Sharks have a good sense of smell. 

Sharks have a keen sense of smell and can detect blood from up to 1.5 km away! Sharks possess an extraordinarily advanced sense of smell that they use to locate food, steer clear of their predators and navigate through the waters. This extraordinary power is derived from their olfactory rosette; a cluster of many small receptors in the shark's snout which can detect multiple chemical compounds in the ocean. These scent-detectors help this creature find sustenance, potential mates - even its enemies! Sharks have such an incredibly heightened sense of smell that they can detect a single drop of blood in the equivalent amount of water to fill up an Olympic-sized swimming pool - remarkable!

Some are long-distance travellers.

The great white shark and blue shark are renowned for their vast migrations. The great white in particular is record-breaking, having been tracked swimming an astounding 19,000 kilometres in one year! It's no wonder these sharks have such successful voyages; with sleek bodies and strong fins propelling them along the way, they easily traverse between feeding grounds to breeding sites. Comparatively, blue sharks are famously known for their great capacity of long-distance migrations where they can traverse up to an astounding 9,000 kilometres annually. These creatures have a widespread presence and can be detected in all parts of the seas across the world; whereas on contrary, Great White Sharks typically inhabit coastal waters.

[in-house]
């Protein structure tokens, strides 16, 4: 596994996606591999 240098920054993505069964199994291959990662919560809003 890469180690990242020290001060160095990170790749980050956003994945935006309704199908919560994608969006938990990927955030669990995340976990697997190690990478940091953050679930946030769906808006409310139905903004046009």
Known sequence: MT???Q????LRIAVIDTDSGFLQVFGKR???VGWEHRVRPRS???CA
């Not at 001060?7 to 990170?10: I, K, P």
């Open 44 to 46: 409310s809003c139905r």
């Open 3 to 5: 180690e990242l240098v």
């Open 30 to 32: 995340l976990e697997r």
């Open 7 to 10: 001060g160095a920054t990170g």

Baby Sharks are born in a variety of ways.

shark species reproduce in diverse ways, with a baby shark may entering the world in a variety of ways based on their species. For instance, whale and basking shark and whale shark babies are born alive through ovoviviparity; meaning that an egg hatches inside the female shark's body during gestation before being birthed into the ocean.

Many different species of sharks rely on the process of oviparity to reproduce, in which eggs are laid and incubated outside the female sharks body. This method is usually accompanied by a protective hard capsule made up of leathery material that safeguards developing shark embryos.